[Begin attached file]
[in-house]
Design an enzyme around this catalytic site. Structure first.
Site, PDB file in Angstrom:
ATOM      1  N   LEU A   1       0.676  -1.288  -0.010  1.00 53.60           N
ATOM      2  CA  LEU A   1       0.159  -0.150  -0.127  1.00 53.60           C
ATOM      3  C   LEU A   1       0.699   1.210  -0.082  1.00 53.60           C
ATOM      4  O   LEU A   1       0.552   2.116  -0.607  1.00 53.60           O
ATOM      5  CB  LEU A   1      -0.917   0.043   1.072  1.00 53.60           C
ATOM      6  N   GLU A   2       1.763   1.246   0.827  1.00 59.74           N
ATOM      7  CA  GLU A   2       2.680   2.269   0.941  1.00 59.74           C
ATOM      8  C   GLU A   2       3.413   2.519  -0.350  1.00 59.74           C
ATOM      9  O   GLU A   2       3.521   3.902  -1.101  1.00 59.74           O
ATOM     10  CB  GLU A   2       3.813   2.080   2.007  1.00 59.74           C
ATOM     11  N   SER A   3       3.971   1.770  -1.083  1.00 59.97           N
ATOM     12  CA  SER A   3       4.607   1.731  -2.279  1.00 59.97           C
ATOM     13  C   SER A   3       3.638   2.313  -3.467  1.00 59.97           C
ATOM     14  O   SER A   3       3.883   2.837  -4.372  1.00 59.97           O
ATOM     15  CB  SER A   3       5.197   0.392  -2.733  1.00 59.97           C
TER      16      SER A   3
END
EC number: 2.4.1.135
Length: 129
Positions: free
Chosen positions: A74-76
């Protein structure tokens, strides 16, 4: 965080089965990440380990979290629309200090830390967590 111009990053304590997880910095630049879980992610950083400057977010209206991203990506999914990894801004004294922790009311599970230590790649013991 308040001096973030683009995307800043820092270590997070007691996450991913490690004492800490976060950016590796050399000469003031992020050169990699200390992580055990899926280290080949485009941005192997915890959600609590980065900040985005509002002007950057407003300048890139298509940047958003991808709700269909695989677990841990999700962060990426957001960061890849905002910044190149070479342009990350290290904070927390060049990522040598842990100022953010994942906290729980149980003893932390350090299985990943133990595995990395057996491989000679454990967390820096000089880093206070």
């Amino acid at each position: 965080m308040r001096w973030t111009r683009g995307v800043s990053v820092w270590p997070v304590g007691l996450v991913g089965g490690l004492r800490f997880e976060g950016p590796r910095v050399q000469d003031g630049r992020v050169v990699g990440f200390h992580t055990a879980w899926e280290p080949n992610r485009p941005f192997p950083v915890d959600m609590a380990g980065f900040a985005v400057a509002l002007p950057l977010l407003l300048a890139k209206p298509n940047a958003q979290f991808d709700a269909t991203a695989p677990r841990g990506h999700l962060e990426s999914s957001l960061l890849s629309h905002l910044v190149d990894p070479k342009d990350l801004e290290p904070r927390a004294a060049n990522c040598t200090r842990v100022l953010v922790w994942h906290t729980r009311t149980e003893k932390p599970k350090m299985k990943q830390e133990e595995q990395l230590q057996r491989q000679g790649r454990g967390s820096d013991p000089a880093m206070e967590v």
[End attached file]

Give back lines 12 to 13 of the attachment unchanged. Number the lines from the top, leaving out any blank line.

ATOM      9  O   GLU A   2       3.521   3.902  -1.101  1.00 59.74           O
ATOM     10  CB  GLU A   2       3.813   2.080   2.007  1.00 59.74           C